Tuesday, 14 May 2013
It's one small step for women ....
Today saw the announcement that the Highland Council has granted a licence for a strip club to open in the capital of the highlands, Inverness. As the local MSP, Rhoda Grant was not best impressed by the news and was quoted as saying - “Introducing a lap dancing venue to the city is a step in the wrong direction and a blow to equality and woman’s rights." The Women's Support project weren't exactly hanging out the bunting either, saying - "Lap Dancing is recognised as a form of violence against women, as highlighted in the Scottish Government national approach to– “Safer Lives Changed Lives.”
As a former pole/lap dancer and a survivor of real violence, I strongly oppose the views expressed above.
When I lived in London (and that was a long time ago) I worked for a spell as a lap dancer. I wouldn't say I was particularly good, my talents came into play after the voyeuristic gentleman who had just paid for a private dance would ask me to join him in his booth for a glass of champagne. This was a sure sign that at some point we would negotiate a deal and I would go back to his hotel for a couple of hours. In reality, the club didn't care provided we ensured the men kept buying over priced and horrendous bubbly. Some of the girls who worked at the club however, operated a different strategy entirely.
Touching any of the dancers was strictly prohibited, and any 'gent' who attempted it was ejected, rules were rules. Some dancers used that rule to it's maximum effect and simply danced all night, doing very well on tips and private dances and at the end of the night, they simply packed up and went home. Whether you simply danced the night away or went back to the gent's hotel room, both activities fell under the umbrella of the sex industry. So, is dancing around a pole or going back to a hotel to indulge in paid consensual sex 'violence against women' ?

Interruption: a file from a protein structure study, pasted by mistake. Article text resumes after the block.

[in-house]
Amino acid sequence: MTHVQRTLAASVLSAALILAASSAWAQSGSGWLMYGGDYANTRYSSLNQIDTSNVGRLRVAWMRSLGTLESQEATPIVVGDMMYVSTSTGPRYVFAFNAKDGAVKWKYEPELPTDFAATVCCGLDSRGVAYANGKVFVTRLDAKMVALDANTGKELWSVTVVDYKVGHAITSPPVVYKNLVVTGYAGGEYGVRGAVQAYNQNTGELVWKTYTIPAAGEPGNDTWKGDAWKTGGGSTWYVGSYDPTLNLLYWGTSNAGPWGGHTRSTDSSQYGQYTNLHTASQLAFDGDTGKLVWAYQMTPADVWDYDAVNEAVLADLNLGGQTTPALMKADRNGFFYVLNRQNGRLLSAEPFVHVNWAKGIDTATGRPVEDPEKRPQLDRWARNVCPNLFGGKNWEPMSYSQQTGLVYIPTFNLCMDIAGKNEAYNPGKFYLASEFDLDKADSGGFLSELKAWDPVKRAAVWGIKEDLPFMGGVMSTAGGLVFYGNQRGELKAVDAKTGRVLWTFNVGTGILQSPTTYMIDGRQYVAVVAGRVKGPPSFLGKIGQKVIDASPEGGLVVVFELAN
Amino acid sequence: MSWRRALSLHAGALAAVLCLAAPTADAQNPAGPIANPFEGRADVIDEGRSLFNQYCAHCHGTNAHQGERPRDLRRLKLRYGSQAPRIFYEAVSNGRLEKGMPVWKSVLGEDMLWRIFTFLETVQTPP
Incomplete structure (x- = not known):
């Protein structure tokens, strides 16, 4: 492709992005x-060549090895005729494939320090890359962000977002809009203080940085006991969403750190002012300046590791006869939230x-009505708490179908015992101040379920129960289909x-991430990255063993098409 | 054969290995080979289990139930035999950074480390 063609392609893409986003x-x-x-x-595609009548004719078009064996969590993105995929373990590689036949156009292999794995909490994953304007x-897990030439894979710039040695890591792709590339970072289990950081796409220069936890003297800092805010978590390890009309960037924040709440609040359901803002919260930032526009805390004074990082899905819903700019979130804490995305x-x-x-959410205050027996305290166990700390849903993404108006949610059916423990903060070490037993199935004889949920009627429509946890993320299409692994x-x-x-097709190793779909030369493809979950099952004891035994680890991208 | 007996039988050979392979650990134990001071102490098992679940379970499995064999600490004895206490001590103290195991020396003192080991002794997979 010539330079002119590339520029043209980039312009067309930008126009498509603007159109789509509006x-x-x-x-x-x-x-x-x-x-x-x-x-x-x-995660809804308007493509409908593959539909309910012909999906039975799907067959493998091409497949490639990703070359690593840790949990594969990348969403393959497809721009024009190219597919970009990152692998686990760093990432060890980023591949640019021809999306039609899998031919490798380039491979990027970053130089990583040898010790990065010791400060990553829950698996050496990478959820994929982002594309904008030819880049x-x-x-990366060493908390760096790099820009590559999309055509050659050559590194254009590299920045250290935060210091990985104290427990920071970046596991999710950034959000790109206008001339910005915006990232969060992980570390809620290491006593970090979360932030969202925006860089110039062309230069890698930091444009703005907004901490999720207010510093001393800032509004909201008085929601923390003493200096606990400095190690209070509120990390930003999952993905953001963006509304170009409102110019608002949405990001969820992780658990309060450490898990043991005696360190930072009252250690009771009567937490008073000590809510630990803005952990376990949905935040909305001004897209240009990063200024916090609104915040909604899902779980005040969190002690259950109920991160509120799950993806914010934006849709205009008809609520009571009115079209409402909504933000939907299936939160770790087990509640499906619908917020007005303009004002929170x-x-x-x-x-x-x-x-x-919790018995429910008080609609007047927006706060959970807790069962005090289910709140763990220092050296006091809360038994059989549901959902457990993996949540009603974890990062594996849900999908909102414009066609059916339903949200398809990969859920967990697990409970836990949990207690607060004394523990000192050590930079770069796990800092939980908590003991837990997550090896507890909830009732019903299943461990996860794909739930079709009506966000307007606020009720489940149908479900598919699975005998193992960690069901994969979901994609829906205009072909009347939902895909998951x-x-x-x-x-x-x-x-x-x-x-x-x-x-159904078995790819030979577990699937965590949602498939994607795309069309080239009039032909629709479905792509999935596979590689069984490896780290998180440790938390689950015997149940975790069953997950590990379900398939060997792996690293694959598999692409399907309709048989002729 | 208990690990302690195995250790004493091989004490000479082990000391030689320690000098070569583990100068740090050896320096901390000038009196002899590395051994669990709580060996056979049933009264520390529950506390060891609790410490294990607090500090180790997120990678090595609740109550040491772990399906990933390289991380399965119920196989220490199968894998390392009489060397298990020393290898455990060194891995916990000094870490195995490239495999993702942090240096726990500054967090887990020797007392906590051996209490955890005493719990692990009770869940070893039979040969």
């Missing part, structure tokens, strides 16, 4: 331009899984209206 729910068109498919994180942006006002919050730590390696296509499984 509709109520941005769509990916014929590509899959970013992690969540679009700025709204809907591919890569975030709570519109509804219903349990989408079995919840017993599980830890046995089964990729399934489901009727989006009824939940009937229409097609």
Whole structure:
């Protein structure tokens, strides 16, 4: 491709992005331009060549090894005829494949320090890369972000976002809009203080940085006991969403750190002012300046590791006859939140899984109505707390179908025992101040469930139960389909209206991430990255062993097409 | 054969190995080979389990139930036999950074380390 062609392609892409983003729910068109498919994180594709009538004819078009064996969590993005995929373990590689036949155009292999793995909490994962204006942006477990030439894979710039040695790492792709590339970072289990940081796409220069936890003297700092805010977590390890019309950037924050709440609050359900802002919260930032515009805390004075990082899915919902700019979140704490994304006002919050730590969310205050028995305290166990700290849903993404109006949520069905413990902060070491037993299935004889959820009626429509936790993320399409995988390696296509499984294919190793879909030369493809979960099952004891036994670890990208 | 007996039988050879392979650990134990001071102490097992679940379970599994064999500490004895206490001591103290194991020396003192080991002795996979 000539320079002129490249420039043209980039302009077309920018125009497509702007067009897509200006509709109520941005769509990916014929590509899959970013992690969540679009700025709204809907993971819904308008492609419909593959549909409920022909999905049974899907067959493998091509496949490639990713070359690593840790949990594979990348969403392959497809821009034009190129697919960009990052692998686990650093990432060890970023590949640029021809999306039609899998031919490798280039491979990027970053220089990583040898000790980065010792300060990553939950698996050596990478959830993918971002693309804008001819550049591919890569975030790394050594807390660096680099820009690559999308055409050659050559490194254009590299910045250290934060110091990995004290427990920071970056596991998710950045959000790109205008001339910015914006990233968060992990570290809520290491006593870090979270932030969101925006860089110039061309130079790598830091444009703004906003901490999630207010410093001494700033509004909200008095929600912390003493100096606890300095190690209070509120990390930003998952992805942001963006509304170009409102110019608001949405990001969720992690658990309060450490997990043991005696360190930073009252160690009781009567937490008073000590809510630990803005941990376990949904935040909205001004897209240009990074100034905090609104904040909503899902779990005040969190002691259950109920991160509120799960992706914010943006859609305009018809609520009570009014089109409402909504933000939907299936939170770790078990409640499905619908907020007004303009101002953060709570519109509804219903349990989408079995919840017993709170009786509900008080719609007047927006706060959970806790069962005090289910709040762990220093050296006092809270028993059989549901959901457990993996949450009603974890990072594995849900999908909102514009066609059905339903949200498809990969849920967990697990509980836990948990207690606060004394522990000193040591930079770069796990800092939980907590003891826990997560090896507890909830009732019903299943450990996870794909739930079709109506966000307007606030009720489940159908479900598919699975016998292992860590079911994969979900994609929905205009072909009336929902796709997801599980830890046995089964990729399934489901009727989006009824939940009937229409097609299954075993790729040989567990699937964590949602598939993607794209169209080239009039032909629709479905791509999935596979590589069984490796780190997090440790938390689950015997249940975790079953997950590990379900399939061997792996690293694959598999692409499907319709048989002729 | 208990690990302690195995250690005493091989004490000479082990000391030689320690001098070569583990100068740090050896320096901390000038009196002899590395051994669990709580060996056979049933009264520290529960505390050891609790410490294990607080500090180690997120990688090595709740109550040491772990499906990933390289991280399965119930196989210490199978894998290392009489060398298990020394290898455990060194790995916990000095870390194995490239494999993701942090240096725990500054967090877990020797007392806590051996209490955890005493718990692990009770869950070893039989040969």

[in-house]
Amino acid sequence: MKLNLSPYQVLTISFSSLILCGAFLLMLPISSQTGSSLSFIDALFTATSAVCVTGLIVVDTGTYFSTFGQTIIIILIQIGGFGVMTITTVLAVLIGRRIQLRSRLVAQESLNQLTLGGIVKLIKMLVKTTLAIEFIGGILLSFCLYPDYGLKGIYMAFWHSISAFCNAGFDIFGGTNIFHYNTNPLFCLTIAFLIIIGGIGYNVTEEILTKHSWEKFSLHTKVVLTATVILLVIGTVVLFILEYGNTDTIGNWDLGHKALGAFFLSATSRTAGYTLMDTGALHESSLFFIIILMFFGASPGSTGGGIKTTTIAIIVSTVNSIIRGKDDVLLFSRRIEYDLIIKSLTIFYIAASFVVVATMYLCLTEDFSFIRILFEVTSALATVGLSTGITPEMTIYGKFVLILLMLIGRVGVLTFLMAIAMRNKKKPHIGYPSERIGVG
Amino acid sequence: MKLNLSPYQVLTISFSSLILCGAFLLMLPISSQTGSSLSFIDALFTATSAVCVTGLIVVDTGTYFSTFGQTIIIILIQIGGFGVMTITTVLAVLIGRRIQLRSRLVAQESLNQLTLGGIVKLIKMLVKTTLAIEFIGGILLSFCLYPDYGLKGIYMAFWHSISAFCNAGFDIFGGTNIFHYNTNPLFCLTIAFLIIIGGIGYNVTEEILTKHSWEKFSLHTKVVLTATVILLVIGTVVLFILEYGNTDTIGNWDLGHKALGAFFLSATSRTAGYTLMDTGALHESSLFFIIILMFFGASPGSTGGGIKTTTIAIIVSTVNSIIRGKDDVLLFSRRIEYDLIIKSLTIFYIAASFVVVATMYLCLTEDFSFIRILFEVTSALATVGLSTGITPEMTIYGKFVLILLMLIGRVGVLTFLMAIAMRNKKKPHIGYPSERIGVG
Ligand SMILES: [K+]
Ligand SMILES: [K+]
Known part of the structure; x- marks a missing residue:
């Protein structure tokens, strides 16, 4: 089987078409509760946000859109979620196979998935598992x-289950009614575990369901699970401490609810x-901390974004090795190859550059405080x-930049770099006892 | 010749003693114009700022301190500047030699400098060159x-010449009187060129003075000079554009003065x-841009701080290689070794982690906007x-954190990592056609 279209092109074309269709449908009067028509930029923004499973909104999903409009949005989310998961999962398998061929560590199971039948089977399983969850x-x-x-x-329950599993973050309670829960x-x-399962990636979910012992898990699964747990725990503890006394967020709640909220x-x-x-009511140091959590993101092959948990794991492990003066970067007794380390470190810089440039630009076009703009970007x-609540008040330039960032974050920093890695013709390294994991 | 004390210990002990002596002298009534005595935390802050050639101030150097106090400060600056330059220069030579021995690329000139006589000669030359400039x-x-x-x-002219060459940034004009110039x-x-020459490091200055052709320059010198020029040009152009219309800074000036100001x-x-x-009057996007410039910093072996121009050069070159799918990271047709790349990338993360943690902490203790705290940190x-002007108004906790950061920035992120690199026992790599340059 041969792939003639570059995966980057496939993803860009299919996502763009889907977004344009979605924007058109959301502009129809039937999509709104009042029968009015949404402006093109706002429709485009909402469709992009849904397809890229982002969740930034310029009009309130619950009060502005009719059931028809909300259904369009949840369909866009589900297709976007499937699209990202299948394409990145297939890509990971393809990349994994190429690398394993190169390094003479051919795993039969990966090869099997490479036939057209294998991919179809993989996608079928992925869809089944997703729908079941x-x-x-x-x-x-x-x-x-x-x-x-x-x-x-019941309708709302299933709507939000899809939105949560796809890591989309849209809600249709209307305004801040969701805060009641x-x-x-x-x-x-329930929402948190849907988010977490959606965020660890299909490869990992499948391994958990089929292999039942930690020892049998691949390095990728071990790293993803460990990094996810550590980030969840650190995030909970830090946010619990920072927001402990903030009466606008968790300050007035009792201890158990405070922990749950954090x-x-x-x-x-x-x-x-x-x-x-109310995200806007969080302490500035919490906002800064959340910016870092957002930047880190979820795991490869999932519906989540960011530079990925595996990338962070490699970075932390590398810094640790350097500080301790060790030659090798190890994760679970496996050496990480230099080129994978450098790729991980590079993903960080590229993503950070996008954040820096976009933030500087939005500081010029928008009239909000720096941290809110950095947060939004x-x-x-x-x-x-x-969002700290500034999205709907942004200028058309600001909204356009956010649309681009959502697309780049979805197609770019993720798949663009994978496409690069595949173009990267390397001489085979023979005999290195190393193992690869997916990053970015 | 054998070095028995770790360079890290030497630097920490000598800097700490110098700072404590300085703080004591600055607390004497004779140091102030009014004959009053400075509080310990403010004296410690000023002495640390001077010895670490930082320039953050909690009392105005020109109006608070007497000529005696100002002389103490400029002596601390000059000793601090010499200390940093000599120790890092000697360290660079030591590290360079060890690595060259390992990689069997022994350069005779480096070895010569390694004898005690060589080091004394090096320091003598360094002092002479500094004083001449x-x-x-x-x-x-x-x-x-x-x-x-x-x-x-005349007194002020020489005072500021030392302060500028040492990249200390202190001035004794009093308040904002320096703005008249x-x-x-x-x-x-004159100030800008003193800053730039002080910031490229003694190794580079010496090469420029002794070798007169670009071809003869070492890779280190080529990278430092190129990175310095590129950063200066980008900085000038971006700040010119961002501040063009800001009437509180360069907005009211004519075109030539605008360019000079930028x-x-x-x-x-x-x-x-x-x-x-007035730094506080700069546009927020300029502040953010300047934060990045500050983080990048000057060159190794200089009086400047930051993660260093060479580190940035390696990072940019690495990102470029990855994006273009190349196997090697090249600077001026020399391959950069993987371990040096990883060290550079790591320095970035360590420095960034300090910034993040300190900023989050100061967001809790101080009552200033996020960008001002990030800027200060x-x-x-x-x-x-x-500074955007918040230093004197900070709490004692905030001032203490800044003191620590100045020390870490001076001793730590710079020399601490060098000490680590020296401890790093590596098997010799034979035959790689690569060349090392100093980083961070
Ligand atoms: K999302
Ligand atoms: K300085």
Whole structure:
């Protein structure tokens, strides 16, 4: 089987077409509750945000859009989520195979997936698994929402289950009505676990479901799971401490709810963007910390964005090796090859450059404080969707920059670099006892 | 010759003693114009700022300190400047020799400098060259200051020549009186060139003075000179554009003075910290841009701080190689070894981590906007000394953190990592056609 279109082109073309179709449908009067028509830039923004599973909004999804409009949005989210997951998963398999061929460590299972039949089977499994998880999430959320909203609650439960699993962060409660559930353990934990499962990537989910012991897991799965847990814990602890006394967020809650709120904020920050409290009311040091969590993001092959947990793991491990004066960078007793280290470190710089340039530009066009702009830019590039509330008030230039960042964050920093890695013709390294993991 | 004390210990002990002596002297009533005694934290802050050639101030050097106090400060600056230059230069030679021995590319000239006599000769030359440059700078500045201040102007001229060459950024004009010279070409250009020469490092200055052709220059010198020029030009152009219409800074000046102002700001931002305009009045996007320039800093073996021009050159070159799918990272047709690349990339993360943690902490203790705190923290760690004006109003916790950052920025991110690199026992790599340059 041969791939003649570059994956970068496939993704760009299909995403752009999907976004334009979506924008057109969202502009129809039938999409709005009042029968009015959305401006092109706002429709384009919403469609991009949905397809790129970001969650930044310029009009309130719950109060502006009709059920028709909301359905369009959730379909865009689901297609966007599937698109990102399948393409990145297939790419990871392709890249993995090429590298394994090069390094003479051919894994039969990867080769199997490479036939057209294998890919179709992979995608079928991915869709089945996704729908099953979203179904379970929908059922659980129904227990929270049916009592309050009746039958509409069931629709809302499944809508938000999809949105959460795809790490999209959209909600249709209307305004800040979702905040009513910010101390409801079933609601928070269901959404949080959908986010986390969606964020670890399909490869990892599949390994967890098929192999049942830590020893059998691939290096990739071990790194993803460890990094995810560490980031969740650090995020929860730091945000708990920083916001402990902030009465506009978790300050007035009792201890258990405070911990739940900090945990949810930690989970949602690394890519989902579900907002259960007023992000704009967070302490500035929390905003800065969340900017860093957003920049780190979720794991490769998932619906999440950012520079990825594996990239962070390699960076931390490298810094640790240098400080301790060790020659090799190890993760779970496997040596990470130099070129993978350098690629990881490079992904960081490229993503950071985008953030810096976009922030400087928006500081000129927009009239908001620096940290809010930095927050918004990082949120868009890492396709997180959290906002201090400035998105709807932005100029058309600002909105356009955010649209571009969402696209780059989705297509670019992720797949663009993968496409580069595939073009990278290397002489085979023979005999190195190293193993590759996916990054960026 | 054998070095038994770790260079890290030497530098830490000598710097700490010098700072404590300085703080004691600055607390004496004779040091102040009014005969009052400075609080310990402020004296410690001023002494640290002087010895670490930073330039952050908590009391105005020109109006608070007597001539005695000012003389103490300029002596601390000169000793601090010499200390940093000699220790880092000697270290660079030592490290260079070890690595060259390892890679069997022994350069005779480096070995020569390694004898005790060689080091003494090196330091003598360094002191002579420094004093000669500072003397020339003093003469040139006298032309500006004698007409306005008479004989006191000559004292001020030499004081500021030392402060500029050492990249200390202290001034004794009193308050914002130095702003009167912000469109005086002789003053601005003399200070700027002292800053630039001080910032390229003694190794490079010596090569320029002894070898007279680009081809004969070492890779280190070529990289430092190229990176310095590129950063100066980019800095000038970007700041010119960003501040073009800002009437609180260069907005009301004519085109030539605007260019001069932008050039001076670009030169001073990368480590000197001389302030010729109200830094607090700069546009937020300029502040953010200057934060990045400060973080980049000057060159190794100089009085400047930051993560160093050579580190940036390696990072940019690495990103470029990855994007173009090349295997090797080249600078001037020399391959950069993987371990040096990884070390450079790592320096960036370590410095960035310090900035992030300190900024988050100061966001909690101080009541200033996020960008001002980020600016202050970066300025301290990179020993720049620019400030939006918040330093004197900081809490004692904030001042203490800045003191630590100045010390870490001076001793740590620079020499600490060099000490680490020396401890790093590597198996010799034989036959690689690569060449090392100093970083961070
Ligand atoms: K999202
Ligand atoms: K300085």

A long time ago whilst still in Dublin I had a partner, let's call him P. He told me that he imported and exported furniture, which would of course explain his beautiful car and wads of cash. I was later to find out that what he imported could best be described as 'recreational substances', but by then it was too late and I couldn't leave him, quite simply because I was too afraid.
It started with a push, late one night after I had been out with friends for a few drinks and hadn't called him to say I was on my way home. When I eventually did get home, he pushed me with both hands such that I flew backwards and hit the hob of the cooker, bruising and injuring my back. All the colour drained from his face and he burst into tears - 'I'm so sorry, I don't know what came over me and I'll never do it again'. We went to bed in silence, and I vowed then to begin the process of breaking up with him, but it would need to be slowly, and it would need to look like it was the best thing for him in the long run, because as a controller, he never liked to lose.
Fast forward some six weeks and P and I were out for a meal, it was getting late. The waiter was overly friendly as they tend to be when they're looking for a huge tip and made a fawning ceremony over giving me an Irish coffee, saying that phone numbers were part of the required price. I could see the fury building up in P's face and I knew there was going to be trouble. I tried to appease him before we left the restaurant and whilst we were still in public but to no avail, he was cutting me off with one word answers and flatly refused to look me in the eye. We settled the bill and headed out to the car, in public P liked to be seen as a gentleman and so when he leaned in behind me towards the passenger door, I thought he was going to open it in an exaggerated gesture of chivalry. Not quite.